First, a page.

Meet the six winners of this year’s Bethesda Magazine Green Awards, held in partnership with Bethesda Green
The Energy Savers
After the economic downturn in 2008, Brad and Debbie Dockser saw the real estate and private equity markets scrambling to reduce operating expenses. They noticed that one key item was often overlooked: energy costs.
The couple saw an opportunity to be a one-stop shop for property owners looking for solutions—not just products—to reduce their energy consumption. The Docksers wanted to leverage new technology and provide energy expertise to clients in an integrated, seamless way. In 2011, they created Green Generation Solutions, which analyzes and improves the ways a facility uses electricity, water, steam and gas.
Brad Dockser, a Bethesda native and Bethesda-Chevy Chase High School alum, met his wife, Debbie, while both were working in commercial real estate in Chicago. Now, she focuses on the marketing side of Green Generation Solutions while he works on strategic growth. Today, the company has 30 employees at its offices in Bethesda, London and Tokyo. Revenue has grown about 100 percent a year since the business launched, and the firm recently doubled its office space in Bethesda to accommodate an expanding staff of mostly engineers and project managers, Brad says.
Green Generation Solutions works with private businesses and public facilities, including local clients such as Sunrise Senior Living, The Carlyle Group and Woodmont Country Club. A team typically reviews every system on-site, looking for ways improvements can be made, from lighting to smart control systems to heating and cooling equipment. The company tracks data to measure energy usage before and after the project to demonstrate the cost savings.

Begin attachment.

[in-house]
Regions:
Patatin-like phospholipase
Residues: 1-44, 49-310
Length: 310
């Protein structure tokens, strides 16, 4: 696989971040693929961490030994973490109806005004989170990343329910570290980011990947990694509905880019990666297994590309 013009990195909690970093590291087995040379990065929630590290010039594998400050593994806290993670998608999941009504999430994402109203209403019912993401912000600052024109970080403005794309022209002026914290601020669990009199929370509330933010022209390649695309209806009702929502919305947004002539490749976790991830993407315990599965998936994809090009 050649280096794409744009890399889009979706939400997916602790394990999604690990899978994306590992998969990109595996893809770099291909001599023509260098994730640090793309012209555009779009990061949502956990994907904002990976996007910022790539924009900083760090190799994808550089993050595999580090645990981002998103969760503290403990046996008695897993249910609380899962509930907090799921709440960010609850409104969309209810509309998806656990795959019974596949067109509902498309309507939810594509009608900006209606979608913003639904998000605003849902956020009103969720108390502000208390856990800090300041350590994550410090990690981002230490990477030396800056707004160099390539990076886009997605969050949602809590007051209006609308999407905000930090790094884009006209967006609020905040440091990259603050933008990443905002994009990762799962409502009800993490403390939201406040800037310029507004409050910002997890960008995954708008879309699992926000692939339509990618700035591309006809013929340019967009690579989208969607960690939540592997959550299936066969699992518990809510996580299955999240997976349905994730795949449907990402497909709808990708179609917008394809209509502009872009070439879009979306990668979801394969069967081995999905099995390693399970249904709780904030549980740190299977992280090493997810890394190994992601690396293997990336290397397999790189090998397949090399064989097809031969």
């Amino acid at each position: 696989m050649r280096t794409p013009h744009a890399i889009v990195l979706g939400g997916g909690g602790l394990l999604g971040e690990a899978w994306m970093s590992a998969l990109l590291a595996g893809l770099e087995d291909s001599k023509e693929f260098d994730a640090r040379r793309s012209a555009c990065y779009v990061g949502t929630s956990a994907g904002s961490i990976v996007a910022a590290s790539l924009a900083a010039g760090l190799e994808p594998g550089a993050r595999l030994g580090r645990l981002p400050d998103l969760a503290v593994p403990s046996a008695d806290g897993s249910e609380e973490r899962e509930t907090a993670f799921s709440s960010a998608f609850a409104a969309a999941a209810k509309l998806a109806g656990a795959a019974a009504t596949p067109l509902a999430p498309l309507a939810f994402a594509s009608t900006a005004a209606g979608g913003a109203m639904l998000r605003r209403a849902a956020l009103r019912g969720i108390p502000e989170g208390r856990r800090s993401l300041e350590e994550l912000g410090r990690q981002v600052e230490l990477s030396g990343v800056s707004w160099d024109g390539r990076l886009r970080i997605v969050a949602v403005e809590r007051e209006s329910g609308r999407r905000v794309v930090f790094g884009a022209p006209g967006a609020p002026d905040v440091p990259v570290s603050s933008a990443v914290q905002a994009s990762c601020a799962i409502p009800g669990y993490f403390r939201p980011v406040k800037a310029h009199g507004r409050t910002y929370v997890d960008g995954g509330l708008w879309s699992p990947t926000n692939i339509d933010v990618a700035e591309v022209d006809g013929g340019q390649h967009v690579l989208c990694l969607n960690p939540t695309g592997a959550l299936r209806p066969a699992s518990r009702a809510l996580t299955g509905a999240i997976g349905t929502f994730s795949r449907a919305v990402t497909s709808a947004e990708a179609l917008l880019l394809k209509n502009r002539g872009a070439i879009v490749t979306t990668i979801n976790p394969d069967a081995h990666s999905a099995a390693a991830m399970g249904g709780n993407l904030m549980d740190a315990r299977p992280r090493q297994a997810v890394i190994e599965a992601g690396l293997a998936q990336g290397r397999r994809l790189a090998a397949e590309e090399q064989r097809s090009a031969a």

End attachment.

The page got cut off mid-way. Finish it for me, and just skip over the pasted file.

“At the heart is the belief [that] energy efficiency can drive value and cash flow,” Brad says.
Green Generation Solutions recently analyzed the 40-year-old Julia Bindeman Suburban Center at Washington Hebrew Congregation in Potomac and recommended changes to boost its energy efficiency. In 2016, the center added high-efficiency LED lighting, controls to automate lighting, and variable frequency drives to adjust cooling tower fans in response to demand, with financing from Pepco and the Maryland Energy Administration’s EmPOWER program covering about 55 percent of the $486,000 project. The result: a 20 percent savings in annual energy costs, about $45,000 each year.
Caralee Adams is a freelance writer in Bethesda.